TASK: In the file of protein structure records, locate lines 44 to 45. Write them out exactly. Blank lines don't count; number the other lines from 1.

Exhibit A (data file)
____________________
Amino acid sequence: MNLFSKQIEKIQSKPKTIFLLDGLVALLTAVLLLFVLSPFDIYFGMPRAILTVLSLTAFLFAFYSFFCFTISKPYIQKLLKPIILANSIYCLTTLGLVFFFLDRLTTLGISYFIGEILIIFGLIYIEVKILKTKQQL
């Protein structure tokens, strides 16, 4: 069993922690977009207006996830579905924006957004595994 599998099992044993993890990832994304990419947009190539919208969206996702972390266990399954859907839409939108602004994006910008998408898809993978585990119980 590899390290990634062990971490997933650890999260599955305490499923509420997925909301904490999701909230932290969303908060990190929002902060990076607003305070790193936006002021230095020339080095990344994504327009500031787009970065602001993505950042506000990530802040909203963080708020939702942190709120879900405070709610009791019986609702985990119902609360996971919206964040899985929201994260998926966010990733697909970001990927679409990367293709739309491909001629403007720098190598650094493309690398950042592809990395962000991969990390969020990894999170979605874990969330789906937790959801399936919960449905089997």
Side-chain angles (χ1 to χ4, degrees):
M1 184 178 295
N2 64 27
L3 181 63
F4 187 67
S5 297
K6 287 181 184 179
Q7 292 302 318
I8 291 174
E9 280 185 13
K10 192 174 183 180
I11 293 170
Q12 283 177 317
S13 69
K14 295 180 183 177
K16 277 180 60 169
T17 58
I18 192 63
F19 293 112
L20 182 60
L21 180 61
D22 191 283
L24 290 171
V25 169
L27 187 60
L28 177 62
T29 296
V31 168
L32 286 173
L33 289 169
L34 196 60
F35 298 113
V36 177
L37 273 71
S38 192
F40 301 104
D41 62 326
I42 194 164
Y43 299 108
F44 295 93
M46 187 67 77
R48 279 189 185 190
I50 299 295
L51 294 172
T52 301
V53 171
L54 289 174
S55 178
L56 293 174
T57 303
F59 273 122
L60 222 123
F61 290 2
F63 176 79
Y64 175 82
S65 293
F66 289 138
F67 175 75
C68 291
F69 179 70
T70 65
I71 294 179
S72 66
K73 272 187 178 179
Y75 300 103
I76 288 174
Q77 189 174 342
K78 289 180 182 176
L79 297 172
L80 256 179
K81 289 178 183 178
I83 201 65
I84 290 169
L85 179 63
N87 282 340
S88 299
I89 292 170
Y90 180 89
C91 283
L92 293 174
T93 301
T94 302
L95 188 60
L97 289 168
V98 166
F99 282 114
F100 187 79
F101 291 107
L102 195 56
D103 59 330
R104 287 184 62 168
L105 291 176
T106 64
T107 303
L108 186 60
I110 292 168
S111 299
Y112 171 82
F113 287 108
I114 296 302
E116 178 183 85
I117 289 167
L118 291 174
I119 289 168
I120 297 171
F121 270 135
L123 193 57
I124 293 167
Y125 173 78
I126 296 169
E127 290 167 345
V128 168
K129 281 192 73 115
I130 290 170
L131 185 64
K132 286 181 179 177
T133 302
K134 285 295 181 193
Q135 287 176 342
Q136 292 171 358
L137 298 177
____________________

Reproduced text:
R48 279 189 185 190
I50 299 295